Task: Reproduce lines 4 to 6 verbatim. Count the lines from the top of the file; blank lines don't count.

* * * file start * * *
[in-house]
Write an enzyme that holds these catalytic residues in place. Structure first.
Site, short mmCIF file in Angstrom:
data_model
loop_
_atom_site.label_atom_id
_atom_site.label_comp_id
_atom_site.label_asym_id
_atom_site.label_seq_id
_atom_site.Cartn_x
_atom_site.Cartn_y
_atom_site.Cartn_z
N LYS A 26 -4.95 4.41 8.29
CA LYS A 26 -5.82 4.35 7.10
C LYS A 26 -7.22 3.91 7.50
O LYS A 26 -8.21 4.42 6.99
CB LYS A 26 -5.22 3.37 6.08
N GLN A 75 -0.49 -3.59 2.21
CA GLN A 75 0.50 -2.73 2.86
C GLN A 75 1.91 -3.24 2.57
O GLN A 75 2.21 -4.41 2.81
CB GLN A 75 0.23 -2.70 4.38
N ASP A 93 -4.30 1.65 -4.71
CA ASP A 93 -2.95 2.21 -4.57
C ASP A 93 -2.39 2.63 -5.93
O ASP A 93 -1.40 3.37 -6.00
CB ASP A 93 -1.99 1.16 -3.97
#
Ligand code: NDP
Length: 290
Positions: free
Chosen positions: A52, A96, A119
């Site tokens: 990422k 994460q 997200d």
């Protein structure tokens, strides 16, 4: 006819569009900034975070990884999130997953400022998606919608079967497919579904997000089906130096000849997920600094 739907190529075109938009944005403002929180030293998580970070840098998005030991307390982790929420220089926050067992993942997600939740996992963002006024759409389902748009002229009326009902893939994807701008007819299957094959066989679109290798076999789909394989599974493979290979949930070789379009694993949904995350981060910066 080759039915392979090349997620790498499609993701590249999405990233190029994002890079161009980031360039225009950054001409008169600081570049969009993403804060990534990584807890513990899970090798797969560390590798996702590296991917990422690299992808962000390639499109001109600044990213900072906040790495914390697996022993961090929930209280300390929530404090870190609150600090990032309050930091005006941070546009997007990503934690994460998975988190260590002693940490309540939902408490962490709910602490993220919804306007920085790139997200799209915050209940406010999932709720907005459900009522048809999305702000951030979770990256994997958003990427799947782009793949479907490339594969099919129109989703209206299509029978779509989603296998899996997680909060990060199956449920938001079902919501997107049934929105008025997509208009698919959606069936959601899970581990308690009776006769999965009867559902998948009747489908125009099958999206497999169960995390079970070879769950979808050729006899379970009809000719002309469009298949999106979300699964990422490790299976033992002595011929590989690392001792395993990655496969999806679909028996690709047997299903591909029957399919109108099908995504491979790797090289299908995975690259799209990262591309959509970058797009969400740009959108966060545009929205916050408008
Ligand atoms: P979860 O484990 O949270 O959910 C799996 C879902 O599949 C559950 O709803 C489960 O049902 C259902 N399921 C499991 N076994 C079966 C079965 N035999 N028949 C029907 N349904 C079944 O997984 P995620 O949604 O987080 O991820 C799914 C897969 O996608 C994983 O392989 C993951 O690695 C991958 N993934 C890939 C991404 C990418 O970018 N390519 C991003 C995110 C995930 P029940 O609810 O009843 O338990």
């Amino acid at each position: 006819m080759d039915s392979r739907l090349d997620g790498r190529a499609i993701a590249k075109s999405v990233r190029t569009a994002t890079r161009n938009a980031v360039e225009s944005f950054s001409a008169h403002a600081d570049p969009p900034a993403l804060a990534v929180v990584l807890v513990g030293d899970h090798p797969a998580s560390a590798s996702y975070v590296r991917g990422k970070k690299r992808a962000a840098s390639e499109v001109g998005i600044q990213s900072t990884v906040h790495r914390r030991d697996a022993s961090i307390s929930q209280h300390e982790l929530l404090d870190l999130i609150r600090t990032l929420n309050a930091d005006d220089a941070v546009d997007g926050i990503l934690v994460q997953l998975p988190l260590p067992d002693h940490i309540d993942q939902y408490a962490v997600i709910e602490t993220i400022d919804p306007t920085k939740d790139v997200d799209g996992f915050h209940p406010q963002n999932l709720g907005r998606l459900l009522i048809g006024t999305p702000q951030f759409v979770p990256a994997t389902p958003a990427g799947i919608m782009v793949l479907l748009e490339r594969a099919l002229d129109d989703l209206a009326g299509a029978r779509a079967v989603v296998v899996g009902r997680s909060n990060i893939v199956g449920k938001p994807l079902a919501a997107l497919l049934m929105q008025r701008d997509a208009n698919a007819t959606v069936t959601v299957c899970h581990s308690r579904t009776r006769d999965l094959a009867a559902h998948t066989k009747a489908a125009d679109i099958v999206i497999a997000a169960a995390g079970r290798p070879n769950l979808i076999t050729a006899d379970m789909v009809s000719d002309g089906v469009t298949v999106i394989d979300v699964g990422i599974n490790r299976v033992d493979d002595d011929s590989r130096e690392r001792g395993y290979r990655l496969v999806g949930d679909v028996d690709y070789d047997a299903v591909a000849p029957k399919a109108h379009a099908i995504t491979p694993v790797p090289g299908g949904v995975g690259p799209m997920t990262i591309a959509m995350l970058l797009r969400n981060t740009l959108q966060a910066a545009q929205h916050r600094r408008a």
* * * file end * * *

data_model
loop_
_atom_site.label_atom_id